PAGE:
Canada Revenue Agency (CRA) asserted a claim against GECI for unpaid source deductions. CRA also asserted priority for its claim over all other creditors on the basis of subsections 227(4) and 227(4.1) of theIncome Tax Act (ITA), which provide that unremitted source deductions are deemed to be held in trust for the Crown.
With respect to the relevant bankruptcy legislation, subsection 67(1) of the BIA preserves the priority for this deemed trust on a bankruptcy. While subsection 67(2) of the BIA provides that all deemed trusts in favour of the Crown created by federal or provincial legislation are rendered invalid in a bankruptcy, subsection 67(3) of the BIA provides an exception for deemed trusts on account of source deductions arising pursuant to subsections 227(4) and (4.1) of the ITA. Sections 81.4 and 81.6 of the BIA provide a super priority for unpaid wage claims of employees of an employer in a receivership and for unpaid pension benefits deducted, but not remitted by the employer. Sections 81.3 and 81.5 of the BIA provide for the same super priority for employees of an employer in bankruptcy.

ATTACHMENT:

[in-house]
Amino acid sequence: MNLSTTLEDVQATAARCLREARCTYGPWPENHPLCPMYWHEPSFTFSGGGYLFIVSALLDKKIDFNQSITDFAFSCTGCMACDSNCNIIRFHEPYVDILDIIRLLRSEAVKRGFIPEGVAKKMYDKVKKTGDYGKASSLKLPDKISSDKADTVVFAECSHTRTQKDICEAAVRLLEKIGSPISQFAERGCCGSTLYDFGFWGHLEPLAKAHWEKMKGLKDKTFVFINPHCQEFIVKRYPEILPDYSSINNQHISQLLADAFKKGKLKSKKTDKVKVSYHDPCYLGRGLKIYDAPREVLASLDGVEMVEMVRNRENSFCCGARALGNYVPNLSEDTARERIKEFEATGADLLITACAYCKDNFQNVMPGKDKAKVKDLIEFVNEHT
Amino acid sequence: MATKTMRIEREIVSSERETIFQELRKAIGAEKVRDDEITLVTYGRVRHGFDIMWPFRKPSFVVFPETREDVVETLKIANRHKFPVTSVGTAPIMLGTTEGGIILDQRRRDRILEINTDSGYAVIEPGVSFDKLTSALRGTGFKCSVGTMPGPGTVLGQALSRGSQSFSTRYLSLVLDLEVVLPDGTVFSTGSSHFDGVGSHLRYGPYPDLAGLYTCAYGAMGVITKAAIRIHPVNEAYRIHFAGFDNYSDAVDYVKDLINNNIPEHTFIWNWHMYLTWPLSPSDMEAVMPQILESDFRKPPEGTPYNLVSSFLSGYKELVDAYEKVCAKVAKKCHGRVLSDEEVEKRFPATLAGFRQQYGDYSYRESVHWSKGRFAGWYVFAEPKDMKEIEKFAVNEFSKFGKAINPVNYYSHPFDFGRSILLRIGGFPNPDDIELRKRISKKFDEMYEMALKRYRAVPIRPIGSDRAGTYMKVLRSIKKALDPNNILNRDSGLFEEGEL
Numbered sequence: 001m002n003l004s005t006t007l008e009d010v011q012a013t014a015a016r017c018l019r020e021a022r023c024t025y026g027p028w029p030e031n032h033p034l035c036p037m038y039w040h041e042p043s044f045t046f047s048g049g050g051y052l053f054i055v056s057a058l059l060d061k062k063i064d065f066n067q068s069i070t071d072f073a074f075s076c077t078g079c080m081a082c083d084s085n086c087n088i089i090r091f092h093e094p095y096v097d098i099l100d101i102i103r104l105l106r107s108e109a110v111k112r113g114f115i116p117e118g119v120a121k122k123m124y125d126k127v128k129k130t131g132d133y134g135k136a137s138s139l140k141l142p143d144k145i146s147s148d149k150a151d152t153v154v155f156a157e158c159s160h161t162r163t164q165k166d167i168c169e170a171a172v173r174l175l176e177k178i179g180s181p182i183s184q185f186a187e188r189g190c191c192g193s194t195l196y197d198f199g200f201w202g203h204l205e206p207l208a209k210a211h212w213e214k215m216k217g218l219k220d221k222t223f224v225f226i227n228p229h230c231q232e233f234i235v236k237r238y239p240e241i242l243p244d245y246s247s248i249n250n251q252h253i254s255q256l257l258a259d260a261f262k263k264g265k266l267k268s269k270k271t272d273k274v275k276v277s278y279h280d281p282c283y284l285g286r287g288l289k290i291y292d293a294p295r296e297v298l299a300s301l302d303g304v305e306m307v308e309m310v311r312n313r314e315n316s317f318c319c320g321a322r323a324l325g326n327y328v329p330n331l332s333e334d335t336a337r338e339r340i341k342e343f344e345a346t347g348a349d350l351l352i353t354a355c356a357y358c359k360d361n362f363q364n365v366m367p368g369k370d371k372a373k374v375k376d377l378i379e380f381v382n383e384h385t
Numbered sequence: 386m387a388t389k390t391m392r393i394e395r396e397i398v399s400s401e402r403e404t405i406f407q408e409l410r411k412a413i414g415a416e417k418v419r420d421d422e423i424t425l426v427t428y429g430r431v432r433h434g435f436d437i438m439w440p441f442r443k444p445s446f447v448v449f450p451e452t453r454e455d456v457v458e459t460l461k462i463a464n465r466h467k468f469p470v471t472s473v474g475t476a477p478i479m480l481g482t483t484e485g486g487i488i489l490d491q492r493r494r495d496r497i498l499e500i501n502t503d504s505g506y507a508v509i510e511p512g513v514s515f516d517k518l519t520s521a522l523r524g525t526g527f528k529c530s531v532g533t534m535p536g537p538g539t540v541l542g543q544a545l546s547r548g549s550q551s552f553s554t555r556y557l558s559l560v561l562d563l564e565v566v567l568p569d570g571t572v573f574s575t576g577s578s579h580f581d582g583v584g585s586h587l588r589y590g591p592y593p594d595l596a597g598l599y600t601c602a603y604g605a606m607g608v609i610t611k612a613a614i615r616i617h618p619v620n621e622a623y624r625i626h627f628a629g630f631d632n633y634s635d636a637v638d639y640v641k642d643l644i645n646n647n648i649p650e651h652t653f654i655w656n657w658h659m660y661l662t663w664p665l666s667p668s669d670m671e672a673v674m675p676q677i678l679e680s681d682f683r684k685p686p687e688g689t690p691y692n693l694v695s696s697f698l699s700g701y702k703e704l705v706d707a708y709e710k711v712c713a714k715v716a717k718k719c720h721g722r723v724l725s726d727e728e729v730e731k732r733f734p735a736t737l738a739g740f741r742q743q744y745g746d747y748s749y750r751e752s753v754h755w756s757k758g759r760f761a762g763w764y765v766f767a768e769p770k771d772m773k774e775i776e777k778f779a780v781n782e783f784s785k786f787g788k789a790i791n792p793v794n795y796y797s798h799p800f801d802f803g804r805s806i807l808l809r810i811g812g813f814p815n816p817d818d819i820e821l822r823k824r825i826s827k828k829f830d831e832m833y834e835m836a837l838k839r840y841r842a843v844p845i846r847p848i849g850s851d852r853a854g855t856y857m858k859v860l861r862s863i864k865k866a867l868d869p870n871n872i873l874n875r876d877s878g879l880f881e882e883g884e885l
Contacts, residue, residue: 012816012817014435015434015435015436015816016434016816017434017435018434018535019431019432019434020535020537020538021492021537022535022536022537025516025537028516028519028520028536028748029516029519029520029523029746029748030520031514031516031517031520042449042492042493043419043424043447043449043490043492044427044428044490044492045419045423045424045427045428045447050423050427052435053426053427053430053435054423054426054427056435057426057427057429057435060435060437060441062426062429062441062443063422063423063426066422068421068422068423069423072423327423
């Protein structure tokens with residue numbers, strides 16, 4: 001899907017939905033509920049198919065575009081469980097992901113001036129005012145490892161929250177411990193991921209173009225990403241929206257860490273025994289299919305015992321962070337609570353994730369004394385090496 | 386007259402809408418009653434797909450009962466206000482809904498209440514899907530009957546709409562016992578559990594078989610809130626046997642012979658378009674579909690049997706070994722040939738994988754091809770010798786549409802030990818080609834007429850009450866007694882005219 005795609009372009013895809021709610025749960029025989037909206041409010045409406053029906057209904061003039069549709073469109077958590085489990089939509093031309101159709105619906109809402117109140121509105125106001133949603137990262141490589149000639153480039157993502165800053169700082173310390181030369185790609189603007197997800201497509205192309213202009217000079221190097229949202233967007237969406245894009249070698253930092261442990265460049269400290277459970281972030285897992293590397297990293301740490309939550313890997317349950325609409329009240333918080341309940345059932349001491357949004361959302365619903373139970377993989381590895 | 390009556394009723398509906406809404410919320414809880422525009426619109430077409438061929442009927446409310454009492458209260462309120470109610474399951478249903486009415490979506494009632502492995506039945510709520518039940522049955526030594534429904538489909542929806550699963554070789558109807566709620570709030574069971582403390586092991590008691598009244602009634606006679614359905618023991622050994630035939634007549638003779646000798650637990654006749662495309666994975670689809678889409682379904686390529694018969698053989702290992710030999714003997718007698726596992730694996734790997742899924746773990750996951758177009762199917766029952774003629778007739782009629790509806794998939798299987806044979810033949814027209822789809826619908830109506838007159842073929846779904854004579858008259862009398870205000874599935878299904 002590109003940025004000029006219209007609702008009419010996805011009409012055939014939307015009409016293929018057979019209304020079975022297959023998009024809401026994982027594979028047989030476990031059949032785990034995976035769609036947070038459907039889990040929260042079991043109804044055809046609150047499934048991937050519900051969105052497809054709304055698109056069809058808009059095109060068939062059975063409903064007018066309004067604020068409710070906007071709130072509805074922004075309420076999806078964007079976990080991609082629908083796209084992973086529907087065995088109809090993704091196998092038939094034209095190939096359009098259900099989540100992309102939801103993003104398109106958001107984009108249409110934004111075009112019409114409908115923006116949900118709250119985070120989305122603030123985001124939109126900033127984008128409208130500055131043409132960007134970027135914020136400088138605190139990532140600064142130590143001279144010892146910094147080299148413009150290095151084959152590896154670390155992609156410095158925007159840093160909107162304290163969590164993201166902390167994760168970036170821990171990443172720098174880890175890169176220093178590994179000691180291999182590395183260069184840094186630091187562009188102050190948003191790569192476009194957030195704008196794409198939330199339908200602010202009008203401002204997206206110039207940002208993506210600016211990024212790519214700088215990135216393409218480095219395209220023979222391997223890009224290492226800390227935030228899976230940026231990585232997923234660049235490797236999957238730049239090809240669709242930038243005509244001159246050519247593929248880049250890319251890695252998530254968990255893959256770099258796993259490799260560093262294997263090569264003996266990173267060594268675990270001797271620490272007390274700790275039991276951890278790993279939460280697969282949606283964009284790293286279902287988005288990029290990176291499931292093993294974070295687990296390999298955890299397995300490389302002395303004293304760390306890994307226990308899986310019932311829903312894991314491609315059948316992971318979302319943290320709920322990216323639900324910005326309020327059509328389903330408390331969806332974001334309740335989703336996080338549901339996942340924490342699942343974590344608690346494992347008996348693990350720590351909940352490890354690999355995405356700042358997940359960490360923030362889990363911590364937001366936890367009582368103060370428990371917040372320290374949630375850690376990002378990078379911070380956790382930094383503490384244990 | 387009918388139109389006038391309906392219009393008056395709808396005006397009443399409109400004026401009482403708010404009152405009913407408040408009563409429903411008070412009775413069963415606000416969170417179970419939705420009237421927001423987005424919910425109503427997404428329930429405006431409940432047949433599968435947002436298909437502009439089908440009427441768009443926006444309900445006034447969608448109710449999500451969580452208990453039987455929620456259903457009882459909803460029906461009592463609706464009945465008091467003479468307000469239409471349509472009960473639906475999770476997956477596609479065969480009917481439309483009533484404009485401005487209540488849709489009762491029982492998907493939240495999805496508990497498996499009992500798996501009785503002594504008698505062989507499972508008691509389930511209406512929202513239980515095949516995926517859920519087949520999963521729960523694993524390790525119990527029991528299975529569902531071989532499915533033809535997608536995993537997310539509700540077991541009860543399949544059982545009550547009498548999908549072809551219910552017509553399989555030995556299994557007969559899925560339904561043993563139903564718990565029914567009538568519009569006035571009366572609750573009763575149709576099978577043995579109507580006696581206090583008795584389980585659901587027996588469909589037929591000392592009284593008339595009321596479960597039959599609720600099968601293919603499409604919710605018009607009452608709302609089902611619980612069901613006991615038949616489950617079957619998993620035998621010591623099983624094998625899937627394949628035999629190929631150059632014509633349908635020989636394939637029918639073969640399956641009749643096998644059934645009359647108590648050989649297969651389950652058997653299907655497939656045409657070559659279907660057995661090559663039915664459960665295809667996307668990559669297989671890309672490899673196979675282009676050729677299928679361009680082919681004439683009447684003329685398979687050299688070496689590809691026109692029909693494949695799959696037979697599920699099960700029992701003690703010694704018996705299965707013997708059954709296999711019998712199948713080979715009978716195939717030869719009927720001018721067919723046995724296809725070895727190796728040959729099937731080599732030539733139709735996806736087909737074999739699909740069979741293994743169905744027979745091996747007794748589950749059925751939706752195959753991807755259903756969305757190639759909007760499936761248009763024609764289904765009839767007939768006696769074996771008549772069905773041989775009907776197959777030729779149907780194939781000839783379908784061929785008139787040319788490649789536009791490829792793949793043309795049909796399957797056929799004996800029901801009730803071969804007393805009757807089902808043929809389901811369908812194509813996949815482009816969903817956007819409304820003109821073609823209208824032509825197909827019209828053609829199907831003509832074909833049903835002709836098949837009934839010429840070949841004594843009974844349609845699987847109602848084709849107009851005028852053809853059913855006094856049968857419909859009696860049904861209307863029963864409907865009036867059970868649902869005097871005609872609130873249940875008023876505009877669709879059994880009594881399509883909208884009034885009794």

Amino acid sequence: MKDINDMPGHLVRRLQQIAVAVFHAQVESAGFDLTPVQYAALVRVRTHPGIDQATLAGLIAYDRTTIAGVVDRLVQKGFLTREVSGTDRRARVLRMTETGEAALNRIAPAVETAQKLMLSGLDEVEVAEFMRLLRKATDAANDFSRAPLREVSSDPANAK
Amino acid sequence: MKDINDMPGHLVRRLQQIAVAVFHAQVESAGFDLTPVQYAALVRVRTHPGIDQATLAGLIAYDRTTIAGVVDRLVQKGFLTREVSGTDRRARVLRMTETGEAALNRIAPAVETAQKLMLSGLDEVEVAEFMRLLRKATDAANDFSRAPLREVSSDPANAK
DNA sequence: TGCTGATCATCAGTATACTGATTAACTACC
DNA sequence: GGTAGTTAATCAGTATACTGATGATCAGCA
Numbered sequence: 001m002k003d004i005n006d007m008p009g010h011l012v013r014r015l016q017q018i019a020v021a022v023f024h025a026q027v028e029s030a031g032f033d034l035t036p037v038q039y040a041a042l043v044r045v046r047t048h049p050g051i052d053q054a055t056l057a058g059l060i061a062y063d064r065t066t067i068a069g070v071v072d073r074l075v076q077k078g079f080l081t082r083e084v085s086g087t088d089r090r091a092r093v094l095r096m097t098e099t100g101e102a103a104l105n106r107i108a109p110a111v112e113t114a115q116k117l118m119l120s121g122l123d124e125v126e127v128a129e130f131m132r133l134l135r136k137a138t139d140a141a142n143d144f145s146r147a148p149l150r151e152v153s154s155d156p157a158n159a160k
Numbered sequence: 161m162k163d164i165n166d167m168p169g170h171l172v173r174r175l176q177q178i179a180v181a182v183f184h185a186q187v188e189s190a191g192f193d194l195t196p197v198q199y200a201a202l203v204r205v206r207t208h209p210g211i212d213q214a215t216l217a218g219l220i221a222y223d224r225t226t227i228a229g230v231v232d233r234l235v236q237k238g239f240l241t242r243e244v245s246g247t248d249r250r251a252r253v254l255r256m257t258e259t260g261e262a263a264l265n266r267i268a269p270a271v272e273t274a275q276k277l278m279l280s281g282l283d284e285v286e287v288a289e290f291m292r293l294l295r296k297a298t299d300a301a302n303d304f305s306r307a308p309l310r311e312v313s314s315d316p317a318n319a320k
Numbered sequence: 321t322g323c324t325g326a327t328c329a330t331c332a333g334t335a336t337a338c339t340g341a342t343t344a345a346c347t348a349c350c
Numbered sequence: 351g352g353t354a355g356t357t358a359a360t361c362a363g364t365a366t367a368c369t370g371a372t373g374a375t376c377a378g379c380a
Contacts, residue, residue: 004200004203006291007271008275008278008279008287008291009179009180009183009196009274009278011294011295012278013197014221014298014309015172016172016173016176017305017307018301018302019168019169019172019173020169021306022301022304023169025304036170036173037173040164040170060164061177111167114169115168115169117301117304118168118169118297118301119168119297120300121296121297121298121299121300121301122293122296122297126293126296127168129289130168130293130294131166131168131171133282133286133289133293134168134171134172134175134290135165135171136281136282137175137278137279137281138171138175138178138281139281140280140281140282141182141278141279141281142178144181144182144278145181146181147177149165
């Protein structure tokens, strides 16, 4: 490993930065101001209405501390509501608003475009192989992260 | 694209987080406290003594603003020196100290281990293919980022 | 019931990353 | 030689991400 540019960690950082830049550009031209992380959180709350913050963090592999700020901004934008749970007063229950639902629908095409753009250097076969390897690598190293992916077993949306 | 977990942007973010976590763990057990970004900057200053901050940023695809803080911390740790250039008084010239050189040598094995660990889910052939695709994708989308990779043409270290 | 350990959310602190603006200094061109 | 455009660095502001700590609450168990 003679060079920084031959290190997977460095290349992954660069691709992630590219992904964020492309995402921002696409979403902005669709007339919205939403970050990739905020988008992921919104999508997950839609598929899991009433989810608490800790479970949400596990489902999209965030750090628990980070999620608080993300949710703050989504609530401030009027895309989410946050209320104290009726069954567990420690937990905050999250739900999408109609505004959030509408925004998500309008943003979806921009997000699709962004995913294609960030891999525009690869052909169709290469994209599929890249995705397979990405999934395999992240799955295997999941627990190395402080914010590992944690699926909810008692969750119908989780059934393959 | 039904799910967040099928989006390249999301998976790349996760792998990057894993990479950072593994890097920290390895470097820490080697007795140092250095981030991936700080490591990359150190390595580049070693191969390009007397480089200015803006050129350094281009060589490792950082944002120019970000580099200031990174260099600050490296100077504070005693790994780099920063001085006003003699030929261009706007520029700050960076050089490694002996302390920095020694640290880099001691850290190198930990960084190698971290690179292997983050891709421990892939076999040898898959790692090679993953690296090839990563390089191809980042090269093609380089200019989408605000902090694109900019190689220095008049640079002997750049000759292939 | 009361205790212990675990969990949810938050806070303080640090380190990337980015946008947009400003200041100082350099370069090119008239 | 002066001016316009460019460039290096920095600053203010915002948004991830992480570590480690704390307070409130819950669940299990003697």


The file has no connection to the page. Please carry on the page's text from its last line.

The Union asserted a difference in the two sets of provisions which, it argued, indicated that the CRA deemed trust ranks behind the Union’s super priority in a receivership proceeding (and which it also argued should apply to GECI rather than the bankruptcy provisions). The Union argued that the priority for unpaid employee wage and pension claims of a bankrupt employer pursuant to sections 81.3 and 81.5 of the BIA makes an express exception for the CRA’s priority for unremitted source deductions pursuant to subsection 67(3) of the BIA. However, the same exception to the employees’ super-priority claim is not included in sections 81.4 and 81.6 of the BIA for employers in a receivership. Accordingly, the Union asserted that it had priority over the CRA’s source deduction claims under sections 81.4 and 81.6 of the BIA.